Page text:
Health and Wellness Minister, Dr Christopher Tufton, is calling for increased vigilance in combatting the Aedes aegypti mosquito, which transmits dengue.
He was addressing a town hall at the Zorn Moravian Church in Christiana, Manchester, on Monday (December 9), which focused on the management of dengue.
The meeting was held against the background of a Southern Regional Health Authority (SRHA) report, which indicated a spike in dengue cases in communities such as Dobson, Christiana, Silent Hill, as well as parts of Northern Clarendon and South Trelawny.
“Mosquitoes breed in relatively clean water stored around the house.”— Tufton
Tufton said that the best defence against dengue is for citizens to eliminate mosquito breeding sites in the home, workplace, school and community.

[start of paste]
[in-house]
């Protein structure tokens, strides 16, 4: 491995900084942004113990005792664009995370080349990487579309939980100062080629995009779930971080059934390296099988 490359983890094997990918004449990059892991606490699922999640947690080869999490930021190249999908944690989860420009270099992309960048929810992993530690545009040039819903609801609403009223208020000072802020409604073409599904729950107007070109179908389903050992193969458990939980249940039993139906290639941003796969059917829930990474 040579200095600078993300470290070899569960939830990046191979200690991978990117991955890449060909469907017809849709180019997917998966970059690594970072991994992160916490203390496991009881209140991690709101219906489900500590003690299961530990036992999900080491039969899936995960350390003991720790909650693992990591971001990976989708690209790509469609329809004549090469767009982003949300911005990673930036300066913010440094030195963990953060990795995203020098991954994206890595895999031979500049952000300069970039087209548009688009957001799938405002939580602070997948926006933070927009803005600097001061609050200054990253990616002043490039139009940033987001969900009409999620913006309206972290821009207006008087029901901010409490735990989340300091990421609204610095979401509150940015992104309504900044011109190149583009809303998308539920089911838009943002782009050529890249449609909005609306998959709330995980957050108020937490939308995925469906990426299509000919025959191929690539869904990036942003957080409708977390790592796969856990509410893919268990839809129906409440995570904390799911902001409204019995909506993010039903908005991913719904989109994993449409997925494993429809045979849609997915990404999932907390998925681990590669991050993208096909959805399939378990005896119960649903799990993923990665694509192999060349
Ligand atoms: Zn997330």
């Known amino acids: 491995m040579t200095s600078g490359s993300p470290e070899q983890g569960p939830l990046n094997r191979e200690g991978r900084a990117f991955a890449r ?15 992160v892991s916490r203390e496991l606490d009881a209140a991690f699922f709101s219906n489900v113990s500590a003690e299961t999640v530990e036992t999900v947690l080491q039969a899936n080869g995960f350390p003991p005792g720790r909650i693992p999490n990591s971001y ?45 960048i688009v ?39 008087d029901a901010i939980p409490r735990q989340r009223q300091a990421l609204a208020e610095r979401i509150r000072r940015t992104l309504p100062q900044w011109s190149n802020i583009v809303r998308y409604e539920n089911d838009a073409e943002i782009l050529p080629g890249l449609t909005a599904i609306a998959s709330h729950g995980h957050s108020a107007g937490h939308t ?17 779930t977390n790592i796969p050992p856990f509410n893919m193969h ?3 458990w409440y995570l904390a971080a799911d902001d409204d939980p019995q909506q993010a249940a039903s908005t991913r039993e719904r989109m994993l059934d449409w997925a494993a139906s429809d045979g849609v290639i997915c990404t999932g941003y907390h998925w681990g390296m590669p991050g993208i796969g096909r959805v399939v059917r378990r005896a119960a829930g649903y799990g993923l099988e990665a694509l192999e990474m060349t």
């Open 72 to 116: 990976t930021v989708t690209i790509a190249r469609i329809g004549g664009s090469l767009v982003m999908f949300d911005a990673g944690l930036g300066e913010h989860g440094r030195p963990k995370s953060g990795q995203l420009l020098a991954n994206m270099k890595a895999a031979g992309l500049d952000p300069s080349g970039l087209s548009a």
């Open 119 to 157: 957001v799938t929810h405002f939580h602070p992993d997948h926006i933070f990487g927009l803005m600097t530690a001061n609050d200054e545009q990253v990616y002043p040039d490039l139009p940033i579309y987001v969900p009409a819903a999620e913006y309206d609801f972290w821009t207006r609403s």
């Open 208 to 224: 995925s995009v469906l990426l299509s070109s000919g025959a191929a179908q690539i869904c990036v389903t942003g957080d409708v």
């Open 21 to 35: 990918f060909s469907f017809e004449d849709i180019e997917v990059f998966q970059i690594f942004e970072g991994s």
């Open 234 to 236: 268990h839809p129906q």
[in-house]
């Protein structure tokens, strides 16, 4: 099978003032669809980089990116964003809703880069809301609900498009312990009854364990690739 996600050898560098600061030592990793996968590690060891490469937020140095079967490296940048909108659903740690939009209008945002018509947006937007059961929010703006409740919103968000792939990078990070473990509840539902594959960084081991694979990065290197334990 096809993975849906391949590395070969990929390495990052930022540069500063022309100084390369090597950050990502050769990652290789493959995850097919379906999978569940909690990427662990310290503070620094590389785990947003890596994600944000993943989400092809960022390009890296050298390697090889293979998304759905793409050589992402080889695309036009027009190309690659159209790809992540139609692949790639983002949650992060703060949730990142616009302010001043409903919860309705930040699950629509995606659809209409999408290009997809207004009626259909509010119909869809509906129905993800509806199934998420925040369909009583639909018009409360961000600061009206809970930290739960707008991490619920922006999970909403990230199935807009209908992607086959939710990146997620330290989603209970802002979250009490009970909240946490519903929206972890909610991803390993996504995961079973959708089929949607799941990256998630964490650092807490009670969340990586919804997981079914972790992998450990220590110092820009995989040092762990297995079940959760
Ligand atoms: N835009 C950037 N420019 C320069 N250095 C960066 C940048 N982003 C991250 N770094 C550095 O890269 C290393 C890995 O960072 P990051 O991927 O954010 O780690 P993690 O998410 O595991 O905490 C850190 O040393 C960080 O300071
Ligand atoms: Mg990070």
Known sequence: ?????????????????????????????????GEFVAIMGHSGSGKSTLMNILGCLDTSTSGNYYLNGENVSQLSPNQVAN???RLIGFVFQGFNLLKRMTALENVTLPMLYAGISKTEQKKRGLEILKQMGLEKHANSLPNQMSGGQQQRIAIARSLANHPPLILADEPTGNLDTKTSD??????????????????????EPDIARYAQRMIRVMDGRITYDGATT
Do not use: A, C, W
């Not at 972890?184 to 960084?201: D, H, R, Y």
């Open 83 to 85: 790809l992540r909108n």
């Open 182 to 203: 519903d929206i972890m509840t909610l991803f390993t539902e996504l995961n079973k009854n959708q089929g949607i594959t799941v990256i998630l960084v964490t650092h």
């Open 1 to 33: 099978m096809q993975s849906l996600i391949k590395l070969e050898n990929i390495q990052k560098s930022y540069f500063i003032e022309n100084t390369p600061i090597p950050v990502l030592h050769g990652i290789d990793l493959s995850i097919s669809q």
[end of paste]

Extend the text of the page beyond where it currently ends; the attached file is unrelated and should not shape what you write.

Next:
“Reducing the risk is simple because mosquitoes breed in relatively clean water stored around the house,” he noted.
Tufton also advised residents to get rid of solid waste in and around their homes.
“If you have old refrigerators, tyres etc… we have an arrangement with the National Solid Waste Management Authority (NSWMA) where we can come and pick it up. These are sources for the breeding of mosquitoes,” he said.
Tufton said that at the first sign of dengue, persons should go to the doctor. He also cautioned that only paracetamol, cetamol and panadol should be taken to alleviate symptoms such as fever and headache.